Staying still is not an option. For businesses, like individuals, nothing stays the same. We’re either growing, said one impact CEO, or we’re shrinking. A mindset that embraces the constancy of change allows leaders to hold on to what’s most important and to let go of what’s not. Such a mindset can be essential when the market around your company is changing quickly.

Authenticity matters. Authenticity increasingly shows up as a primary theme across the impact investing industry today. As a growing field of businesses and investment firms want to ride the impact tide, some are taking advantage of the loose definitions in this increasingly popular—but maturing—field. The result has been two-fold: There’s been greater scrutiny on firms’ claims, including accusations of so-called “greenwashing;” and now, even the SEC is stepping in to crack down on misleading claims by funds. At the same time, there’s been innovation with powerful new tools for measuring, managing and optimizing impact. Among truly mission-focused leaders and investors, the bottom line is clear: If you’re going to be talking about the impact on your business or investments, you need to be telling your audience the truth—whether that audience is your customers, your staff, your community or other stakeholders. Authenticity matters.

Measurement matters, too. The best way to prove authenticity is through evidence. It’s essential for mission-driven companies and the firms that invest in them to concretely describe the impact they aim to achieve—and then to measure and report those outcomes. For investment firms, speaking clearly about the non-concessionary investment returns they hope to achieve for their limited partners is also vital. Many firms now create detailed annual impact reports with a full accounting of their outcomes based on a handful of commonly accepted metrics and measurement systems. From a communications perspective, these reports come to life with case studies, photos, infographics and videos that tell a story of positive impact on people and the planet.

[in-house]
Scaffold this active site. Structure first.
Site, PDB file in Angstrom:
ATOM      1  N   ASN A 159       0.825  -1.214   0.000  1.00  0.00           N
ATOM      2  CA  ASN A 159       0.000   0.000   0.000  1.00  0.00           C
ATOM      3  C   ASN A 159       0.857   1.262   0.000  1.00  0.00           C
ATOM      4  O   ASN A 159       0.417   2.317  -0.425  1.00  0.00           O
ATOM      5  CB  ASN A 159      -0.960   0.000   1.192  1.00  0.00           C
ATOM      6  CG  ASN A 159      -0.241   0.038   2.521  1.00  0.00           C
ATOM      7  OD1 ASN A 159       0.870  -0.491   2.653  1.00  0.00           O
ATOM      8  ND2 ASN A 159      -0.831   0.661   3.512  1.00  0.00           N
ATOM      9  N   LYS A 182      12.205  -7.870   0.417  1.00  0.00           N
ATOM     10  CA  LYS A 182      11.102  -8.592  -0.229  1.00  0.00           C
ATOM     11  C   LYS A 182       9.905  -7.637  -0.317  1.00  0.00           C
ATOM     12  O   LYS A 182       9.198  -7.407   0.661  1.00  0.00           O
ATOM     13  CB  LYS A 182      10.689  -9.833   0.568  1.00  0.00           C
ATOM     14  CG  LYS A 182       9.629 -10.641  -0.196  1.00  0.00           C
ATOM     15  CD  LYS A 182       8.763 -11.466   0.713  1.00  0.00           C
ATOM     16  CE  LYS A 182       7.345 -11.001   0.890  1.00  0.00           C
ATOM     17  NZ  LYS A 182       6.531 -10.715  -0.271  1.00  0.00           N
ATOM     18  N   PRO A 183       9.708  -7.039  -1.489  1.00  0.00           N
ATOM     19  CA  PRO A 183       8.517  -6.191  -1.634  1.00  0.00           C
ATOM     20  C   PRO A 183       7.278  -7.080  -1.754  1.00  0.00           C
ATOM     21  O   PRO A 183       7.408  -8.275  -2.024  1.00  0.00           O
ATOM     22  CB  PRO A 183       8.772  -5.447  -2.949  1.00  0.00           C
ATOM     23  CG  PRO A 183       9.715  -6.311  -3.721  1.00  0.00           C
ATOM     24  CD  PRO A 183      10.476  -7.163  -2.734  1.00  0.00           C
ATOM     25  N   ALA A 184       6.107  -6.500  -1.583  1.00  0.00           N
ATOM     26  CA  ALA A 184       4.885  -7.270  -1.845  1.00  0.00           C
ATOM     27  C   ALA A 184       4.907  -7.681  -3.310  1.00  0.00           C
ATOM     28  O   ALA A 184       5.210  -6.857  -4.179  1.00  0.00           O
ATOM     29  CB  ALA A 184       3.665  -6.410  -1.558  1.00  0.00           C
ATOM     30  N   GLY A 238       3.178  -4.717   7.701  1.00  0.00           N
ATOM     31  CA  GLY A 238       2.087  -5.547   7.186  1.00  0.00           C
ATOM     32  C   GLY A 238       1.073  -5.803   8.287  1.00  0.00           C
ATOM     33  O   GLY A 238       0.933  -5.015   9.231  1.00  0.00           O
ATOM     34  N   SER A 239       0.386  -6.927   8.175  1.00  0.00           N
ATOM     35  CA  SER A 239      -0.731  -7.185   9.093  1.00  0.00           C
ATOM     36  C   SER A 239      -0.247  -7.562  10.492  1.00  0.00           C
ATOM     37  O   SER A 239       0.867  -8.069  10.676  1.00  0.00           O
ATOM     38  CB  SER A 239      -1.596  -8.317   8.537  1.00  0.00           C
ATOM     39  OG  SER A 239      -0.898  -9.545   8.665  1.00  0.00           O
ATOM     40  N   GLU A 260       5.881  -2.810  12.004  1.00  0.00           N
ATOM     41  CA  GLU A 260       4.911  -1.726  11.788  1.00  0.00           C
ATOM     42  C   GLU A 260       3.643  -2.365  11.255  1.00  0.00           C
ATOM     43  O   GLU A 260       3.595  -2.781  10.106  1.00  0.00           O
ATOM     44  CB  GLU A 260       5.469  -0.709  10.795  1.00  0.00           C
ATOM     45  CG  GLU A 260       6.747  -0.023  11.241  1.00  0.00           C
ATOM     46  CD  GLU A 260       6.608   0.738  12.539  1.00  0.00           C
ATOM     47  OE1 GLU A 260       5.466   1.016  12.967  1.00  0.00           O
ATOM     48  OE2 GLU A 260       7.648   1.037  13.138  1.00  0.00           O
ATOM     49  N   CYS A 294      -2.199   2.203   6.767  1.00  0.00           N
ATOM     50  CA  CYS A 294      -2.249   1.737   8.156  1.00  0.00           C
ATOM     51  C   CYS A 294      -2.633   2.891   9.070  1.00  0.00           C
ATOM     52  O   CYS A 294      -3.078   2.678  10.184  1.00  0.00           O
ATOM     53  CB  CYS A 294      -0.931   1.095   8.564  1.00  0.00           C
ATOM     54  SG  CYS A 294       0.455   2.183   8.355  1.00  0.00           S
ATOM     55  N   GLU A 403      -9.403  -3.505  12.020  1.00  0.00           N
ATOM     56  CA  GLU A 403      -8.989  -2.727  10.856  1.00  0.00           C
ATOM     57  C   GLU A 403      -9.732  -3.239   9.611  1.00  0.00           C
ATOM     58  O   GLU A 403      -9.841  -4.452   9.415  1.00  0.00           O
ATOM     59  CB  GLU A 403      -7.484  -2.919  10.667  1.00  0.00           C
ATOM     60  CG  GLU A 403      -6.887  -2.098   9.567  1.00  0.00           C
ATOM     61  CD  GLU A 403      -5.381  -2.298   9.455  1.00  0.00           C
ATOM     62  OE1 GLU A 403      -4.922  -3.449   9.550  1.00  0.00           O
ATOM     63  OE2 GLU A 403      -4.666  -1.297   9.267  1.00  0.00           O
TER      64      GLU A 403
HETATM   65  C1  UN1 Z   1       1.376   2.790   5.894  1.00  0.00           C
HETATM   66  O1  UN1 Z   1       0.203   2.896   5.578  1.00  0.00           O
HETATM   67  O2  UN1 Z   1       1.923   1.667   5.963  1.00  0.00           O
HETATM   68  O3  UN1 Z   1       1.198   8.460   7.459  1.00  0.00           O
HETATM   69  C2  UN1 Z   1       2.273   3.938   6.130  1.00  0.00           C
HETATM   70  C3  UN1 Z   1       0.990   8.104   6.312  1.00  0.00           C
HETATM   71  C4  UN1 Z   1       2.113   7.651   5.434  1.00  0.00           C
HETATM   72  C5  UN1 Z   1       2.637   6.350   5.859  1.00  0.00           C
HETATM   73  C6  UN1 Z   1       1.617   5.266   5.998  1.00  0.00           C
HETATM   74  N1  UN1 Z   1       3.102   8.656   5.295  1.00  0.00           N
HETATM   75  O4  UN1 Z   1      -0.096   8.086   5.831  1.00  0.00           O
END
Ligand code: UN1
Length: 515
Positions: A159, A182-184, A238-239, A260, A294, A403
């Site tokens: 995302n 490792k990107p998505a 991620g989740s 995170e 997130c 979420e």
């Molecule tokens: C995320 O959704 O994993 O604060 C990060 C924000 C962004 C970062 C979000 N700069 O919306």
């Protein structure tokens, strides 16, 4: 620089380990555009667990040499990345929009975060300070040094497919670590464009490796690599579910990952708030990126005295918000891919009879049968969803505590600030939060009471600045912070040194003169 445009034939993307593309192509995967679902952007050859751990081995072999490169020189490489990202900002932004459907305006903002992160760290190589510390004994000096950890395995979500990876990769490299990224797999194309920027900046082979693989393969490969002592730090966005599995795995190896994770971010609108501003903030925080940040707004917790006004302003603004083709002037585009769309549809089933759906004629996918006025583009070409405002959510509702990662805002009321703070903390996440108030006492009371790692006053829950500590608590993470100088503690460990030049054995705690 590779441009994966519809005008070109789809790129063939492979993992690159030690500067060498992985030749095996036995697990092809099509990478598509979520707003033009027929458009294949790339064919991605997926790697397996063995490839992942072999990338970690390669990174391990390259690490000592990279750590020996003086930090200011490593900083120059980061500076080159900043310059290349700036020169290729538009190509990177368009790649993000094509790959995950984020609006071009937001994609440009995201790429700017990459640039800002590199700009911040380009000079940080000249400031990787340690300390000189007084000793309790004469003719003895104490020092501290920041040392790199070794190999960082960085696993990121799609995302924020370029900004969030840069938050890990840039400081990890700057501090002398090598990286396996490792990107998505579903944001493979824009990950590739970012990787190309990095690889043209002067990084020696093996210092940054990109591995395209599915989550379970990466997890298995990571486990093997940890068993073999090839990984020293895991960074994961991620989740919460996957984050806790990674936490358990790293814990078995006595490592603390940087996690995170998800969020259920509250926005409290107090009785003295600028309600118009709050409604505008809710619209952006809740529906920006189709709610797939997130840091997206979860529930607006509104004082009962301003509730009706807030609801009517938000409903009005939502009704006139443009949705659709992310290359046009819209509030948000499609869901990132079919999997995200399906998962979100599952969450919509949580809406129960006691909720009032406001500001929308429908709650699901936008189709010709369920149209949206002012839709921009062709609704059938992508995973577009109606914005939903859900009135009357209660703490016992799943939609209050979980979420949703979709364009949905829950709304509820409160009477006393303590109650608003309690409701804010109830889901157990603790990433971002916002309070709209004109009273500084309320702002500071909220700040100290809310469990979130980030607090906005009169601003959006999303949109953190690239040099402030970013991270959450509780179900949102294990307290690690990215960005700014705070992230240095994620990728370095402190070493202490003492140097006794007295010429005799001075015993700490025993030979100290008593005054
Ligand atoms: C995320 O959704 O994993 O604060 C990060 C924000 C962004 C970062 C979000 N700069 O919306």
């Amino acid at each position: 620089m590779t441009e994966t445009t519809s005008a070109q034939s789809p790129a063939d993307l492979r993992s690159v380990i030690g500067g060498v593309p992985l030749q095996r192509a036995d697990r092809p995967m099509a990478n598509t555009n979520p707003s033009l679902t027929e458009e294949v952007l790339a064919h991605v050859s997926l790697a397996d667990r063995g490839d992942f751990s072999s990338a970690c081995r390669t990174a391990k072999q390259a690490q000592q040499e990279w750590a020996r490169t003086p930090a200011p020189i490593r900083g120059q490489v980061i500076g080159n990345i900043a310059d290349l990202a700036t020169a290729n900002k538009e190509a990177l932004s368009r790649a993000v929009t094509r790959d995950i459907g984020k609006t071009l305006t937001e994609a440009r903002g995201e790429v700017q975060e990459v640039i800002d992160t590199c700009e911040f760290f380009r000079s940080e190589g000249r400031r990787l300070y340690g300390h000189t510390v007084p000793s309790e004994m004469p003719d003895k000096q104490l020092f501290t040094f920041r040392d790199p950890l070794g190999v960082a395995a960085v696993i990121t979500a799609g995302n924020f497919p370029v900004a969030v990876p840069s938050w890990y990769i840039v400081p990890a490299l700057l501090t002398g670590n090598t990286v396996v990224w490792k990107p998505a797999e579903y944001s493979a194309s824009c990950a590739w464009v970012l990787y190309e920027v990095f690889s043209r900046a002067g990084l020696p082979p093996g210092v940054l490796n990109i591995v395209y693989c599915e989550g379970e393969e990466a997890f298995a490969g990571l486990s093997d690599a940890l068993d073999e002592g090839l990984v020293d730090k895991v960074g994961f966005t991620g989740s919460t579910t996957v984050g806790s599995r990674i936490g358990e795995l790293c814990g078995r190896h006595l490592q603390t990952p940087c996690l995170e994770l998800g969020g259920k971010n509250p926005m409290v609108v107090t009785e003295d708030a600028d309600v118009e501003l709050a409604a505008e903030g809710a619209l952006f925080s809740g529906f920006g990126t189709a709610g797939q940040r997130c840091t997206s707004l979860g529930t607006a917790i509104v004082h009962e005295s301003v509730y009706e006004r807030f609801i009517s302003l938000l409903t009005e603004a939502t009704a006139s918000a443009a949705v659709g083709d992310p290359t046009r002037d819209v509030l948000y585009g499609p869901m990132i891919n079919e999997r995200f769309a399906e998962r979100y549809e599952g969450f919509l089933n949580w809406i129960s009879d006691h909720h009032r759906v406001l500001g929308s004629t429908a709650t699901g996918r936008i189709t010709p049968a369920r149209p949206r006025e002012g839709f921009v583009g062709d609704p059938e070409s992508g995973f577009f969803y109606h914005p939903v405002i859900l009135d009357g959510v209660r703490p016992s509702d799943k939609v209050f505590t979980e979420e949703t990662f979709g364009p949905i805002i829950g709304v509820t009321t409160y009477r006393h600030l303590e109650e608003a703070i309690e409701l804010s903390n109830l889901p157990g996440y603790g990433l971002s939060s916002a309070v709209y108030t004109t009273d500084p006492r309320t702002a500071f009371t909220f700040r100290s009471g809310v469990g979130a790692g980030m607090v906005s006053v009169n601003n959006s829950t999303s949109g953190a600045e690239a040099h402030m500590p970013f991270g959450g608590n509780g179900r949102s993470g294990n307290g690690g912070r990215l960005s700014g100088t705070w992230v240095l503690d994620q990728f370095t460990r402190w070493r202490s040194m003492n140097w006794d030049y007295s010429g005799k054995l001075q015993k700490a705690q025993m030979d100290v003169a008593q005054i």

The Impact Capitalism Summit offered good cause for optimism on the approaches, themes, and challenges described above. As temperatures across the United States broke records, the CEOs of impact private equity firms of all sizes, insurance companies, family offices and other industry players discussed the array of issues facing our world, but the climate was clearly at the top of the list.

Among the attendees, there was a feeling that the private sector can—and indeed, must—address the climate crisis and build toward a sustainable economy, hopefully with government assistance. The feeling of momentum was palpable. One participant said, “Great funds solving important problems will continue to attract investments.” And, of course, those funds will then flow to companies creating the sustainable economy of the future, keeping the flywheel of capital and innovation spinning.

As communicators, we need to showcase these important stories of success and hope, in the context of this market full of potential, to attract talent and capital to the businesses that will thrive in this new, more sustainable impact economy.


Bill Haynes is CEO & Founder of BackBay Communications. George Spencer is VP, Impact Investing Group, at BackBay Communications.